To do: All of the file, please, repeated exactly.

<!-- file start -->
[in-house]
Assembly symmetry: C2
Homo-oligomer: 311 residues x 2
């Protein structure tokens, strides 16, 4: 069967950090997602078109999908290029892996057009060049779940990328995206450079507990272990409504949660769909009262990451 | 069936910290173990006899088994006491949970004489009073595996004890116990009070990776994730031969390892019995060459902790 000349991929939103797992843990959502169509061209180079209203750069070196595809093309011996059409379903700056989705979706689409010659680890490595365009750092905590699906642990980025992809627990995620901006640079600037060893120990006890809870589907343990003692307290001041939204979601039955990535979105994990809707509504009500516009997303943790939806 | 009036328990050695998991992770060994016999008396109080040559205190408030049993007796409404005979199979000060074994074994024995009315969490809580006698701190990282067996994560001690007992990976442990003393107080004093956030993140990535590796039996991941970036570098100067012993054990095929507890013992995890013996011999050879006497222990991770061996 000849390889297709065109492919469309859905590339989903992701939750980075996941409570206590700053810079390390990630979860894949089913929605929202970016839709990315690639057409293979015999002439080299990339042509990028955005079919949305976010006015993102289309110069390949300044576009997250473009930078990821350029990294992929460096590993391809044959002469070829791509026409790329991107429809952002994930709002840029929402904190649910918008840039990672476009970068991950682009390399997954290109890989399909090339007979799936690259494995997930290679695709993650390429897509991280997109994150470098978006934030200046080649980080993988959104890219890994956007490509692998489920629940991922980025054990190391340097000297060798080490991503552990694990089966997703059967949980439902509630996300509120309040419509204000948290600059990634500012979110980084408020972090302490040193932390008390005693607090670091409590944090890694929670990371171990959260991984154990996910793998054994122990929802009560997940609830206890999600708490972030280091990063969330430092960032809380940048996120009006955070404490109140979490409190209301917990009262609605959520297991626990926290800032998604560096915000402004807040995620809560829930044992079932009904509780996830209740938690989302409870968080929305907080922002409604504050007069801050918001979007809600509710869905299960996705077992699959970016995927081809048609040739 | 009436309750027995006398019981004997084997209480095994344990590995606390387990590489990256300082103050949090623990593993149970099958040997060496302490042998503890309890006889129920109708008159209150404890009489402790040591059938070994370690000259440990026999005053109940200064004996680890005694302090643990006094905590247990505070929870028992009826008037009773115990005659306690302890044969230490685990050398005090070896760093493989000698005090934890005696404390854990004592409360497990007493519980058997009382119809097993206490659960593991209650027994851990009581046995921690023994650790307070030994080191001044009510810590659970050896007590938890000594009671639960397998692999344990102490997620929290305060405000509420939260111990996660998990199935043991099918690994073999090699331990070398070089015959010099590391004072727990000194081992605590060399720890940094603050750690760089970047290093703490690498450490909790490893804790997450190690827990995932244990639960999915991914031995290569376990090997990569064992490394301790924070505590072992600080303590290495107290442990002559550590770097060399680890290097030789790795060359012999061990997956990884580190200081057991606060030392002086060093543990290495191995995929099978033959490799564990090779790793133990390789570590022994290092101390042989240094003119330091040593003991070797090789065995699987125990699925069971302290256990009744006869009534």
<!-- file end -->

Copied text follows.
[in-house]
Assembly symmetry: C2
Homo-oligomer: 311 residues x 2
């Protein structure tokens, strides 16, 4: 069967950090997602078109999908290029892996057009060049779940990328995206450079507990272990409504949660769909009262990451 | 069936910290173990006899088994006491949970004489009073595996004890116990009070990776994730031969390892019995060459902790 000349991929939103797992843990959502169509061209180079209203750069070196595809093309011996059409379903700056989705979706689409010659680890490595365009750092905590699906642990980025992809627990995620901006640079600037060893120990006890809870589907343990003692307290001041939204979601039955990535979105994990809707509504009500516009997303943790939806 | 009036328990050695998991992770060994016999008396109080040559205190408030049993007796409404005979199979000060074994074994024995009315969490809580006698701190990282067996994560001690007992990976442990003393107080004093956030993140990535590796039996991941970036570098100067012993054990095929507890013992995890013996011999050879006497222990991770061996 000849390889297709065109492919469309859905590339989903992701939750980075996941409570206590700053810079390390990630979860894949089913929605929202970016839709990315690639057409293979015999002439080299990339042509990028955005079919949305976010006015993102289309110069390949300044576009997250473009930078990821350029990294992929460096590993391809044959002469070829791509026409790329991107429809952002994930709002840029929402904190649910918008840039990672476009970068991950682009390399997954290109890989399909090339007979799936690259494995997930290679695709993650390429897509991280997109994150470098978006934030200046080649980080993988959104890219890994956007490509692998489920629940991922980025054990190391340097000297060798080490991503552990694990089966997703059967949980439902509630996300509120309040419509204000948290600059990634500012979110980084408020972090302490040193932390008390005693607090670091409590944090890694929670990371171990959260991984154990996910793998054994122990929802009560997940609830206890999600708490972030280091990063969330430092960032809380940048996120009006955070404490109140979490409190209301917990009262609605959520297991626990926290800032998604560096915000402004807040995620809560829930044992079932009904509780996830209740938690989302409870968080929305907080922002409604504050007069801050918001979007809600509710869905299960996705077992699959970016995927081809048609040739 | 009436309750027995006398019981004997084997209480095994344990590995606390387990590489990256300082103050949090623990593993149970099958040997060496302490042998503890309890006889129920109708008159209150404890009489402790040591059938070994370690000259440990026999005053109940200064004996680890005694302090643990006094905590247990505070929870028992009826008037009773115990005659306690302890044969230490685990050398005090070896760093493989000698005090934890005696404390854990004592409360497990007493519980058997009382119809097993206490659960593991209650027994851990009581046995921690023994650790307070030994080191001044009510810590659970050896007590938890000594009671639960397998692999344990102490997620929290305060405000509420939260111990996660998990199935043991099918690994073999090699331990070398070089015959010099590391004072727990000194081992605590060399720890940094603050750690760089970047290093703490690498450490909790490893804790997450190690827990995932244990639960999915991914031995290569376990090997990569064992490394301790924070505590072992600080303590290495107290442990002559550590770097060399680890290097030789790795060359012999061990997956990884580190200081057991606060030392002086060093543990290495191995995929099978033959490799564990090779790793133990390789570590022994290092101390042989240094003119330091040593003991070797090789065995699987125990699925069971302290256990009744006869009534």